Wednesday, September 07, 2016

A Day at Del Mar

We decided to take Amtrak to Del Mar to celebrate my brother-in-law's birthday. Our train was supposed to depart at 1:00 in plenty of time to arrive for the first race. When we arrived in Oceanside, we were told the train would be at least 45 minutes late. Goodbye first race! Jim, Richard's brother noted that "getting there is half the fun." We killed time looking at pictures on the iPhone, taking pictures of each other and discussing our various fool-proof techniques for picking winning horses. 

There were no signs indicating where to wait for the trains—both north and southbound trains run on the same track which is a bit confusing. The person who checked the tickets as we finally boarded was surly and unsmiling. I noted that the service level was about the same as the Chinese trains we've been on. The 20-minute ride was uneventful; seats were comfortable. 

At Solano Beach, we got on the complimentary shuttle along with a busload of ancients. Most of the seniors heaved themselves up the bus stairs and waddled down the aisles, collapsing in the seats with much huffing and puffing. The aroma of lunchtime martinis and Mai Tai's drifted over us all.  The bus driver in a ploy for tips, sported a lei and played Tiny Bubbles on his ukelele. People were discussing their various potential winners in uber loud voices—hearing aids were being turned up and down accompanied by the usual squealing feedback. I could detect a whiff of cigar smoke. As we drove to the track you could close your eyes and identify the various restaurants we passed en route from the waves of aroma we encountered: barbecue smoke - ribs, grilling meat - steaks, Chinese food, McDonalds. As we de-bused, everyone ignored the driver's huge tip vase, conspicuous on the dashboard and seeded with fives and tens.
It was a beautiful day. 

Track Monkeys
California seniors seem to a man person to have recently experienced the removal of those pesky pre-cancerous skin flaps and barnacles. Half of our bus companions wore tell-tale band-aids on cheeks, foreheads and arms. My doctor is a gerontologist; he carries that freezing instrument they use on moles around with him from examining room to examining room. You don't get out of there without having something frozen off. I've suggested he get a holster for the device and practice whipping it out like a pistol. Everyone our age has mottled arms - thanks to the baby oil/mercurochrome basting sauce we used to slather ourselves with at the beach. We're still slathering but now instead of inviting the sun, we fight it off and you can see the ashy residue of sunscreen SPF80 on the exposed body parts sticking out of the ubiquitous Hawaiian shirts. To complete the costume, racing forms protruded from shirt pockets or sticking out of pant's back pockets. Everyone wore big sunglasses.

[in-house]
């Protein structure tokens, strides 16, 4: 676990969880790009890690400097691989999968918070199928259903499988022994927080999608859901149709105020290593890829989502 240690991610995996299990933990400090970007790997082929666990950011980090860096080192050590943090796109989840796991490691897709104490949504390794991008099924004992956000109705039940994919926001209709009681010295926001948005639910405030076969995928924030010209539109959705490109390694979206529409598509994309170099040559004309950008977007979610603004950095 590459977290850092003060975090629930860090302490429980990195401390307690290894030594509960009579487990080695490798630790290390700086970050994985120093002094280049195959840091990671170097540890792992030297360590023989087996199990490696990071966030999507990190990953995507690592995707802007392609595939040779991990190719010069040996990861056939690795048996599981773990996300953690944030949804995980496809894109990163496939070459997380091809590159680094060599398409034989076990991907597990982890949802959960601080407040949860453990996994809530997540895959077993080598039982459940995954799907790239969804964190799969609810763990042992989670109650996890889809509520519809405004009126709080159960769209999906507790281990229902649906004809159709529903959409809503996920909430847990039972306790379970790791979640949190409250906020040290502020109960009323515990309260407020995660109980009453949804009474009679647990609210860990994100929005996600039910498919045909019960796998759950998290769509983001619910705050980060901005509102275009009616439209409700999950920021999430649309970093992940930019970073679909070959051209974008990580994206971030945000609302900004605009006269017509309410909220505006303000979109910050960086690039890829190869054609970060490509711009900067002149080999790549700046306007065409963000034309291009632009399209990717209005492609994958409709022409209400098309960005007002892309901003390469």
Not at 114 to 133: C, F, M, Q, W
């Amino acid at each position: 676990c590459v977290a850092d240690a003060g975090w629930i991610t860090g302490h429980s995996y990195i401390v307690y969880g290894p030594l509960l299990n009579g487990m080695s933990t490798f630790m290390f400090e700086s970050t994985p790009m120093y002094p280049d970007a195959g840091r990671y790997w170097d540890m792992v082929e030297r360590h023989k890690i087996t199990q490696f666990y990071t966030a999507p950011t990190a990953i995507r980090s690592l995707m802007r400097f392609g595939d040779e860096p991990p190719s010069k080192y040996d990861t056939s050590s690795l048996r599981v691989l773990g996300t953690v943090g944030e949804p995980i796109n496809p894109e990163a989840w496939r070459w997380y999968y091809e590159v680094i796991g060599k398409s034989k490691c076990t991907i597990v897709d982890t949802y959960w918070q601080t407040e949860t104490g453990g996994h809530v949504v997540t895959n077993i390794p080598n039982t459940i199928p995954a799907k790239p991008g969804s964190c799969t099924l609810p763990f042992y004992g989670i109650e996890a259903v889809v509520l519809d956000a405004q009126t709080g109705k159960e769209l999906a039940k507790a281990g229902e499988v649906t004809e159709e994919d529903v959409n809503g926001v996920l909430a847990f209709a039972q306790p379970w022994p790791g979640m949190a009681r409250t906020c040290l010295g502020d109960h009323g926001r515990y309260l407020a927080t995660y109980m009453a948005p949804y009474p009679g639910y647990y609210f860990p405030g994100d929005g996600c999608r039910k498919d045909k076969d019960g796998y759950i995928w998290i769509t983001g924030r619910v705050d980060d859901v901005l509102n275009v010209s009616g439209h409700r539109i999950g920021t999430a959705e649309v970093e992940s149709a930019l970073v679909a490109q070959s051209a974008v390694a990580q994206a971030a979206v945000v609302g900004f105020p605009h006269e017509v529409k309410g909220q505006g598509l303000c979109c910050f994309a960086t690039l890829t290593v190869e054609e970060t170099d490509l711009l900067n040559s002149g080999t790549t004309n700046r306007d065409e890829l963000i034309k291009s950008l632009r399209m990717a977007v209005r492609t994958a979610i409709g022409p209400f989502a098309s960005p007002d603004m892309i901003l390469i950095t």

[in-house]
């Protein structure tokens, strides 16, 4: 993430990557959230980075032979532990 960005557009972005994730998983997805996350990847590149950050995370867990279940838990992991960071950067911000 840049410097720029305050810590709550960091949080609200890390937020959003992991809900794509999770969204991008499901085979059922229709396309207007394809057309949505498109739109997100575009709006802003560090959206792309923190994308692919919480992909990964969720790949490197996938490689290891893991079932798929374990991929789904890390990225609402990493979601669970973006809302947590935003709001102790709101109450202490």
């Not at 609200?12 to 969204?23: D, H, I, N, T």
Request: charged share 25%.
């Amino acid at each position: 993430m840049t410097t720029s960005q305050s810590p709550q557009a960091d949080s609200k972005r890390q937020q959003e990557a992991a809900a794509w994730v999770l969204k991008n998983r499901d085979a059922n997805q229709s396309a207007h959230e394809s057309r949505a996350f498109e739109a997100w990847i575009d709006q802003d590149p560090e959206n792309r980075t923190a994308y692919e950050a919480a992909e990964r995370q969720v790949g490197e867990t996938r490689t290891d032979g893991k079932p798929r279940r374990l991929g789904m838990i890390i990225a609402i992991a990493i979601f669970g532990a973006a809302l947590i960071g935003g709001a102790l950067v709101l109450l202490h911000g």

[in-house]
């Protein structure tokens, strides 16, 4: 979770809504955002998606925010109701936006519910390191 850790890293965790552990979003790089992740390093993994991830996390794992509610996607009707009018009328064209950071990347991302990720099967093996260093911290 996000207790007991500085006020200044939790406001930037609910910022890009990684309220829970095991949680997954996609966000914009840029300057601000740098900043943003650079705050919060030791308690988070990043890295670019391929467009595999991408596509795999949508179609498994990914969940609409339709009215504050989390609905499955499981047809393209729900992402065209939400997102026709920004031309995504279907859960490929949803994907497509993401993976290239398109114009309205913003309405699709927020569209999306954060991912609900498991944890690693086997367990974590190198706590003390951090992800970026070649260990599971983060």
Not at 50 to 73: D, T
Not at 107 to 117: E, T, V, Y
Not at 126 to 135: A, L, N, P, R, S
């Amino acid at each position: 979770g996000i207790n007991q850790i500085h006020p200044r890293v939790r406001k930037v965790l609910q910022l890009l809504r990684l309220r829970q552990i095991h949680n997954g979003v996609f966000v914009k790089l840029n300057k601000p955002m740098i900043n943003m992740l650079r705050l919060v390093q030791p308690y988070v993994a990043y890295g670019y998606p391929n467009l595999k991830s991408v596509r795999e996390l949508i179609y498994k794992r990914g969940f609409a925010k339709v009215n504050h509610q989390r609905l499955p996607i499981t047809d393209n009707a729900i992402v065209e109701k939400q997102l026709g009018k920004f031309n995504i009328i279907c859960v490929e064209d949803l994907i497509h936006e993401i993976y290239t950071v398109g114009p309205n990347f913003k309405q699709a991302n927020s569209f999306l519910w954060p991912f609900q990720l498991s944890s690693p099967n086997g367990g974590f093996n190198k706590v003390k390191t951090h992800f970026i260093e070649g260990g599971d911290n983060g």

After we settled at our table and ordered lunch, I noticed a man walking around in a pure white suit with a pastel shirt and a lovely tie. You might think "Kentucky Colonel" but he was in good shape and had a nice head of white hair, no beard or mustaches. It was the woman with him who got the most attention. She was probably sixty-five with over-bleached hair, streaked with colors. Heavily made up, she sported a set of puffy "soup cooler lips" you can buy at your local plastic surgeons. You could hear her coming, she was wearing so much jangling jewelry. Her leather mini-skirt exposed her thighs which had succumbed long ago to gravity and slid down to her knees where they stopped abruptly and lodged in rolls creating an effect similar to when sleeves are pushed up to the elbow. Above the knees, above the rolls lined up like waves waiting to break on a beach, her thighs looked wasted and were puckered with cellulite. Teetering along in 6-inch hooker heels, she looked freakish and every step must have been painful. It was a sad spectacle indeed but then, the man in the white suit must have thought she looked pretty good—"a chacun son gout." 
Declaring $.24 winnings to the IRS.
In counter-balance to this scene, we had a group of twelve women "of a certain age" (appropriately dressed) next to us, all having a wonderful time celebrating a birthday. The up-beat ladies were enjoying the races, the wagering, and most of all each other's company. Martini glasses, margarita glasses, and tortilla chips littered the table tops; the laughter was non-stop. 

It was bad, bad day for me. I think I won $.40 on one race. Richard won $10.00—Jim and Paula a couple of bucks. I bet on a couple of long shots who performed as expected, "sucking the hind tit" all the way, but who can resist 80-1 odds? 

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